Towards a structural description of the mechanism of state transitions in photosynthesis

John F. Allen
School of Biological and Chemical Sciences
Queen Mary, University of London
Mile End Road
London
U.K.
E1 4NS

j.f.allen@qmul.ac.uk

In  chloroplasts, subcellular organelles of green plants and algae, photosynthetic pigments are mostly bound to apoproteins to form membrane-intrinsic light-harvesting complexes, most notably the chloroplast light-harvesting complex II (LHC II). The family of complexes to which LHC II belongs is thought to account for approximately 50 % of the chlorophyll molecules in nature and therefore to be the primary light-absorbing pigment-protein complex sustaining life on Earth. LHC II was the second protein (after bacteriorhodopsin) for which important structural information was provided by electron crystallography, that is, by collection of electron diffraction data from 2-D crystals at liquid helium temperatures, using a modified high-resolution electron microscope. However, the maximum resolution of this structure (from pea leaf LHC II, 4.7 Å in only one plane of projection), leaves doubt about key features of the complex, including whole surface-exposed loops and the identity and location of the chorophyll molecules (even chorophylls a and b cannot be distinguished). A more complete structure, from X-ray diffraction of icosahedral, 3-D crystals (from spinach), is at 2.7 Å resolution [1]. The new X-ray structure reveals 8 Chl a and 6 Chl b molecules per monomer (the complex is trimeric) and a wealth of detail concerning chlorophyll ligands and subunit interactions. However, neither structure reveals any information on the site of phosphorylation, which regulates the essential function of redistribution of excitation energy between the two reaction centres (see below). This site is at the N-terminus (Thr 5 in pea; Thr 3 in spinach) where even the 3-D crystals seem to be disordered (to Ser 14). Furthermore, the structural effect of phosphosphorylation is certainly global [2] but completely unresolved; no crystal structure exists for the phosphorylated form of LHC II. Prospects will be reviewed for a complete structural description of state transitions in oxygenic photosynthesis [3]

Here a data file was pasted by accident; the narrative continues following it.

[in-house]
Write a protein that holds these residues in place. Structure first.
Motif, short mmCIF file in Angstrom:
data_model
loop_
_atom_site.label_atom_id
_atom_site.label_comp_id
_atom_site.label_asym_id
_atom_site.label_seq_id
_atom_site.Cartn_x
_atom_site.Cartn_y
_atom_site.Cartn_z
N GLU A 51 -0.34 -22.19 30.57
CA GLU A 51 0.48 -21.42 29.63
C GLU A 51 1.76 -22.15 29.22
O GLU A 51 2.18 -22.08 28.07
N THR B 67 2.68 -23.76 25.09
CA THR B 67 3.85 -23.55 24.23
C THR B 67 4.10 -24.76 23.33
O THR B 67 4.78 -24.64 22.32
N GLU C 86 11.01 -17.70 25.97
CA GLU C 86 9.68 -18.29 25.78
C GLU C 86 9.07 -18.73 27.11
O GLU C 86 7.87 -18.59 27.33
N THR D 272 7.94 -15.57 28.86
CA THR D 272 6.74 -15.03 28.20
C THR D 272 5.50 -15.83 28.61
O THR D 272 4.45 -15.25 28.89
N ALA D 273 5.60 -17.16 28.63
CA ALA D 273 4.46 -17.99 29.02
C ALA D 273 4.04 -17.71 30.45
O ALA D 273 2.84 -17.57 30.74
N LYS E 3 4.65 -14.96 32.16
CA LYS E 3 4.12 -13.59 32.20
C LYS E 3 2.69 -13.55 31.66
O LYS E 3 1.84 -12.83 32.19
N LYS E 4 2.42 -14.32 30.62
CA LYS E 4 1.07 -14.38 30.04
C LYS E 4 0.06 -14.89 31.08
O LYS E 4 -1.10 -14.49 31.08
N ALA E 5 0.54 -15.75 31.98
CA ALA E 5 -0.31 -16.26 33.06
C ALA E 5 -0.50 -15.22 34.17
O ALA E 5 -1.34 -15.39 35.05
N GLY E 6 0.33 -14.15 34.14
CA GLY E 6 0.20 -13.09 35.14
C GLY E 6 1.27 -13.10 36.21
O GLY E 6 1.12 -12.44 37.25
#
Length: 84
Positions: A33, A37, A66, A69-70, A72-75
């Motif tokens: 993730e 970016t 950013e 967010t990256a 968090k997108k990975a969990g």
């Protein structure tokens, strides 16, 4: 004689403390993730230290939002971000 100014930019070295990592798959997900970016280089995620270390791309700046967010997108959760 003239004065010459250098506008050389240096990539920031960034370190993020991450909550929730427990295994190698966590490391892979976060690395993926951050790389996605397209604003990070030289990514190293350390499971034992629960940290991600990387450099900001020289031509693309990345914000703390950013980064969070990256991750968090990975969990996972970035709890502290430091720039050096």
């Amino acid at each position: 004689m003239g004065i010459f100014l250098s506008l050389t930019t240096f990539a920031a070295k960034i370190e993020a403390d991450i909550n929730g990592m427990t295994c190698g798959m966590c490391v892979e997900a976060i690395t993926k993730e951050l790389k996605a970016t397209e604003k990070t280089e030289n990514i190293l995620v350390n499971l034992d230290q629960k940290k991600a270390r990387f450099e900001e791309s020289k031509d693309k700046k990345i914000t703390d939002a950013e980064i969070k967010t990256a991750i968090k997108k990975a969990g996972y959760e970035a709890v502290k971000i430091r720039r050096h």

1. Liu, Z., Yan, H. et al. (2004). Crystal structure of spinach major light-harvesting complex at 2.72 Å resolution. Nature 428, 287-92.

2. Nilsson, A., Stys, D., Drakenberg, T., Spangfort, M. D., Forsén, S. and Allen, J. F. (1997) J. Biol. Chem. 272, 18350-18357

3. Allen, J.F. (2003). Botany. State transitions--a question of balance. Science 299, 1530-1532


Rudi Lemberg Fellowship | John F. Allen home page